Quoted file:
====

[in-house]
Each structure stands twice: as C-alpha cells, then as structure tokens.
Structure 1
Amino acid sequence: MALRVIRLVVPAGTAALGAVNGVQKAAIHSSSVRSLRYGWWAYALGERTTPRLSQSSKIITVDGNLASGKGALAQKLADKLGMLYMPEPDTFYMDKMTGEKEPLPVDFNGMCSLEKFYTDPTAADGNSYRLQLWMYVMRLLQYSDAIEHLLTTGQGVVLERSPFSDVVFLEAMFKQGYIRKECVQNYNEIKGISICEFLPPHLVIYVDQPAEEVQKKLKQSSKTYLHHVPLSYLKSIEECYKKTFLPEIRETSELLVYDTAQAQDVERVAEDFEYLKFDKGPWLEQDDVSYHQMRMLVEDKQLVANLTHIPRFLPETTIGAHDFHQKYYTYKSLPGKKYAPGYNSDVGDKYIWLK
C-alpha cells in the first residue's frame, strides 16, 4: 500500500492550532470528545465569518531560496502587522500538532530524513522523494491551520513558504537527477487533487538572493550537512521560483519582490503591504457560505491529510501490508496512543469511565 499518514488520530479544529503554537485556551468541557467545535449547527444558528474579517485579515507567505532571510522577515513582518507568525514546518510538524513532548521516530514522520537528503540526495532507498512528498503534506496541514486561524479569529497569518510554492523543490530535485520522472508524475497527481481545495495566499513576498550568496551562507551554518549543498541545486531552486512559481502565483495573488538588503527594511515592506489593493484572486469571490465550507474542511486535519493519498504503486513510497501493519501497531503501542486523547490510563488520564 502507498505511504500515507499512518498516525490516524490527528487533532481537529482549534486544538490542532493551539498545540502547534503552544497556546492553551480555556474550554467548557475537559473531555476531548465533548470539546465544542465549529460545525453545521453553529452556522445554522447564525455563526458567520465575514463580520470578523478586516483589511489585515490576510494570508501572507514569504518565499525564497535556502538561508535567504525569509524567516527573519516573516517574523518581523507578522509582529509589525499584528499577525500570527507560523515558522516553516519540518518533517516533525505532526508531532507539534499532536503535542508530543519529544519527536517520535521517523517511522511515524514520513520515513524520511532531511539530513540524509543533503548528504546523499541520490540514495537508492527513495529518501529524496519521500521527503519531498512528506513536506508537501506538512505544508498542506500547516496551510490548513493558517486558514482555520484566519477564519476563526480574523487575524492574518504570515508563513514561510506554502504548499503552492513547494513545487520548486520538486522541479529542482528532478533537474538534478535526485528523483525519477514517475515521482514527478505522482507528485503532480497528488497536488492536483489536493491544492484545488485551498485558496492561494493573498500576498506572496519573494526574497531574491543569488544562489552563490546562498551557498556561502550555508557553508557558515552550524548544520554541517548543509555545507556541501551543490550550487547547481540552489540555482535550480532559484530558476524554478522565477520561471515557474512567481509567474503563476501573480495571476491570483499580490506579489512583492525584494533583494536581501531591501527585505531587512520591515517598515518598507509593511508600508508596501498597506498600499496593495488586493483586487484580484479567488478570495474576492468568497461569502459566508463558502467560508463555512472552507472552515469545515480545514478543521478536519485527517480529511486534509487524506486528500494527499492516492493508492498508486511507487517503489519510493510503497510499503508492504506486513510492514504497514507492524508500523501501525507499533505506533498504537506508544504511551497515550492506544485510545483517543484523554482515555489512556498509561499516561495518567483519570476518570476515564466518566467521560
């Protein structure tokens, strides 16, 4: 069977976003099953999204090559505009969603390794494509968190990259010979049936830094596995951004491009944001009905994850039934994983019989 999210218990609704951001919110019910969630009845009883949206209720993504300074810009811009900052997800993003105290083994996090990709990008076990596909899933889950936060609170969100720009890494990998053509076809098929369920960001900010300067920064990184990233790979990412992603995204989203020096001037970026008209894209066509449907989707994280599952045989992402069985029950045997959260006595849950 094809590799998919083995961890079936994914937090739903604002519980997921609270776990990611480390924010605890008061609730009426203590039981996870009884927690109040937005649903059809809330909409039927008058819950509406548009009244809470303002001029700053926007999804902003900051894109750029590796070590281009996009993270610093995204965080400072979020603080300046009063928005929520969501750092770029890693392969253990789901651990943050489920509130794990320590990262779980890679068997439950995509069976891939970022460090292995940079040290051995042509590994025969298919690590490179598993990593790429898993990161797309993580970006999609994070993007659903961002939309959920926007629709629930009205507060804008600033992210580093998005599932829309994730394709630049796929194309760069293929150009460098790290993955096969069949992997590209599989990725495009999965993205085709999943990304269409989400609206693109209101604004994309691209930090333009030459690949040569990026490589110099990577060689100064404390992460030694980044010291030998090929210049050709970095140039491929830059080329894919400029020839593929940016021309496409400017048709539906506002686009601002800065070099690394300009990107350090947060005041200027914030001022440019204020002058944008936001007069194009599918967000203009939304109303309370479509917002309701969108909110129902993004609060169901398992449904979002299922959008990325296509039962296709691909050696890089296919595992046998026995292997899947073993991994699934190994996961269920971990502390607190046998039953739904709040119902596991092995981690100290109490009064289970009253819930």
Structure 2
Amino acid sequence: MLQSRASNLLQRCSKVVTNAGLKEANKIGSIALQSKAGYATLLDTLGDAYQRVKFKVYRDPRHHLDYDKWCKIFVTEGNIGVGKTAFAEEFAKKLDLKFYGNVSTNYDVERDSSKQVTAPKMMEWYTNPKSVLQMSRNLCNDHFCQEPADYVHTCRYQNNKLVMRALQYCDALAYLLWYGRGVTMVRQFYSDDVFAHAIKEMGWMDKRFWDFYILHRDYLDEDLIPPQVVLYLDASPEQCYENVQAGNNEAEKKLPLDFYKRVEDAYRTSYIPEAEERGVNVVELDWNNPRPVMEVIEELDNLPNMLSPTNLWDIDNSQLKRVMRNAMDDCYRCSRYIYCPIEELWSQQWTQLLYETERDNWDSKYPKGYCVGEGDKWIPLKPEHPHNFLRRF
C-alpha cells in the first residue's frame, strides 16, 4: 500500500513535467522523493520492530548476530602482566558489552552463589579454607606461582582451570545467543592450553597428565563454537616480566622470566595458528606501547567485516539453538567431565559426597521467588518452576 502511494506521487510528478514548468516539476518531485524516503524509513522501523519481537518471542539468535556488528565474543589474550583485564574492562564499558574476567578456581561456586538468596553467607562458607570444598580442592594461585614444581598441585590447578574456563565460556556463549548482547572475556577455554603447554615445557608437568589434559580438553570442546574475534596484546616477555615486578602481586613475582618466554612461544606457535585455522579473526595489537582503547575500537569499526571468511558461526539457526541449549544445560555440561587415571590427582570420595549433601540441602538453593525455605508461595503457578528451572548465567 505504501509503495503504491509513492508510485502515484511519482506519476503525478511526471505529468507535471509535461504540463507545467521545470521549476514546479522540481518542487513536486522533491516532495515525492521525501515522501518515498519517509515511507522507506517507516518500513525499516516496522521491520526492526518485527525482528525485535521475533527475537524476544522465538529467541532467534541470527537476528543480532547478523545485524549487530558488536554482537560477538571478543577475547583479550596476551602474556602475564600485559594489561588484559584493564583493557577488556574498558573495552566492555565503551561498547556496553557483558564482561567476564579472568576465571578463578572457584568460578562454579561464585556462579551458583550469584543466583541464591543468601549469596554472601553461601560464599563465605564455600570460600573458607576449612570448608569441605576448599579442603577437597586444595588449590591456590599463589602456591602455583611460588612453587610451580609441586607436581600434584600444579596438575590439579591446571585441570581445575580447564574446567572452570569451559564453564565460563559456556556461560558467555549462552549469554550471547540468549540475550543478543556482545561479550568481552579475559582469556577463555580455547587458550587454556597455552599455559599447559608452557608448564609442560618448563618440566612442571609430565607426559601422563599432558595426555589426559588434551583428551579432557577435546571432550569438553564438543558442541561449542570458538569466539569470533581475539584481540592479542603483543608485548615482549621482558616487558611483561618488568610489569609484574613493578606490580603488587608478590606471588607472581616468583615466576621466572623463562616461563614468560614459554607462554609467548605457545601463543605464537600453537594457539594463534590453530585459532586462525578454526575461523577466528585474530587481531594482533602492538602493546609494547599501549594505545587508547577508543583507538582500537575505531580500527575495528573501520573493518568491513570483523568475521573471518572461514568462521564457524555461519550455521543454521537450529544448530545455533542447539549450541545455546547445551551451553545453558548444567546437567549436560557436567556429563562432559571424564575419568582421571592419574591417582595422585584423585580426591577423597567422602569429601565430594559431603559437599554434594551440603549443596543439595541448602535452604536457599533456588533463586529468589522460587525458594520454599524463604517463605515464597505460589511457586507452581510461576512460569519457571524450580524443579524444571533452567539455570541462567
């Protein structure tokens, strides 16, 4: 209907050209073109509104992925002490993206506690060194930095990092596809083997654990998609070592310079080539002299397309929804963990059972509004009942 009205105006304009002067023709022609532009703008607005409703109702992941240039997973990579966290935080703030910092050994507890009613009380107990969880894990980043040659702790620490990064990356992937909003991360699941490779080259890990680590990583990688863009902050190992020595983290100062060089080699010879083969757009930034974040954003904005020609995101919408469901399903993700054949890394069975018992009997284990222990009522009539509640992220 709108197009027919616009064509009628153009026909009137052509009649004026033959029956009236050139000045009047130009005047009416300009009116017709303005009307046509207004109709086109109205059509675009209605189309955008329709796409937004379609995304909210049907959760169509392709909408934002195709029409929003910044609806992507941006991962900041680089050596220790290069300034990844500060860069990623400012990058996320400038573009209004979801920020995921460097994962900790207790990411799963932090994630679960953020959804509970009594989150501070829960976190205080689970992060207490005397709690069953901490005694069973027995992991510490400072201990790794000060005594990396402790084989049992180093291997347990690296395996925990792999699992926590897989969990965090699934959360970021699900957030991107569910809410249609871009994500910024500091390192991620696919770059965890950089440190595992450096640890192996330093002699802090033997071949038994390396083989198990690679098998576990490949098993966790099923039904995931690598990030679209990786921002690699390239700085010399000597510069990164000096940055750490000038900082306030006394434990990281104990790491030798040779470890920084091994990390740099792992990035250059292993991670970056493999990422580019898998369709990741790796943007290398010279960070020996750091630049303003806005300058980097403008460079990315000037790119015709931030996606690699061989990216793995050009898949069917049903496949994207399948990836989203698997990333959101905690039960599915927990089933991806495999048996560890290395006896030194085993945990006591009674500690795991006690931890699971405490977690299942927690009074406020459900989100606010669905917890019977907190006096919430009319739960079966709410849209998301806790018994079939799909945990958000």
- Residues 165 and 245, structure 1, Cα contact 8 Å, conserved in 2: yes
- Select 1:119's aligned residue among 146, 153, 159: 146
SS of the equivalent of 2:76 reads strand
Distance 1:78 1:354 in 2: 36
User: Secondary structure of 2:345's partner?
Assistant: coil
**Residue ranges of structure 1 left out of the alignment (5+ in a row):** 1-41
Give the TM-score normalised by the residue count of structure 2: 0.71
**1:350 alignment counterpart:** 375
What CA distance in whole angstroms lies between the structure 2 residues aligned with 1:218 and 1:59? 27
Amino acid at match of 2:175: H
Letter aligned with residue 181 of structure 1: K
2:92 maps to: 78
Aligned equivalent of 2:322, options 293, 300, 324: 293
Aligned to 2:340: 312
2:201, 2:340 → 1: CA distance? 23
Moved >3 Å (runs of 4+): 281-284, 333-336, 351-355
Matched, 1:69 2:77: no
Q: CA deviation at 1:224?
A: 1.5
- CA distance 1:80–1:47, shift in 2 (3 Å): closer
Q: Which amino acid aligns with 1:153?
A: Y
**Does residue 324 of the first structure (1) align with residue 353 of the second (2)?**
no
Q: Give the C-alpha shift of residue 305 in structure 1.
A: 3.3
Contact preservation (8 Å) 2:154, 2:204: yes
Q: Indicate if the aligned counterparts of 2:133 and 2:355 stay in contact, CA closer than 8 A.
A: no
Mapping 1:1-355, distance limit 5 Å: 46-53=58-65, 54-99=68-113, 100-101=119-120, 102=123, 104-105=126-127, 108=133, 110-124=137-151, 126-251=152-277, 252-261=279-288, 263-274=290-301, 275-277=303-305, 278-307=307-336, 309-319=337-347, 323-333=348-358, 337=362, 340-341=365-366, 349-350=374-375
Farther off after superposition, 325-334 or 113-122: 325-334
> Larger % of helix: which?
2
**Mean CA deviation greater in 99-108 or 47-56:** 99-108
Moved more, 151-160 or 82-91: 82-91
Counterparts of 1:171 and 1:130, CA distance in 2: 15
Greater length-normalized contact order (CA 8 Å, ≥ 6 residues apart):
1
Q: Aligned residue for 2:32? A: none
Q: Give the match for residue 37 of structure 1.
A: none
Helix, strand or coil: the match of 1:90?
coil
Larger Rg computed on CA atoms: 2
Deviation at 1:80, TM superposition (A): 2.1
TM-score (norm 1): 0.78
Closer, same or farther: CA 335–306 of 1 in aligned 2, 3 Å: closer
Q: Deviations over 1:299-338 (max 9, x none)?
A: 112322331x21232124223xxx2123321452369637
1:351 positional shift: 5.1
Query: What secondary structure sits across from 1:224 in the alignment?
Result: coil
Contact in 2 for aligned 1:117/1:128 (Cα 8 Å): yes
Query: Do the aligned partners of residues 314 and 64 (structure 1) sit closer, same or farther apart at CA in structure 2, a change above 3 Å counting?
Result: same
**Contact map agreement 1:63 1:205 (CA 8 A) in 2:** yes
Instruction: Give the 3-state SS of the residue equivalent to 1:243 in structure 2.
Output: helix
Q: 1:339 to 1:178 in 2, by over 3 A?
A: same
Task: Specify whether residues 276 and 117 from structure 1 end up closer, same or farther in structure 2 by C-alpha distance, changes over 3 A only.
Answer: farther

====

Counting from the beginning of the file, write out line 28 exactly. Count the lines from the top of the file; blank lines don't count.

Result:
Matched, 1:69 2:77: no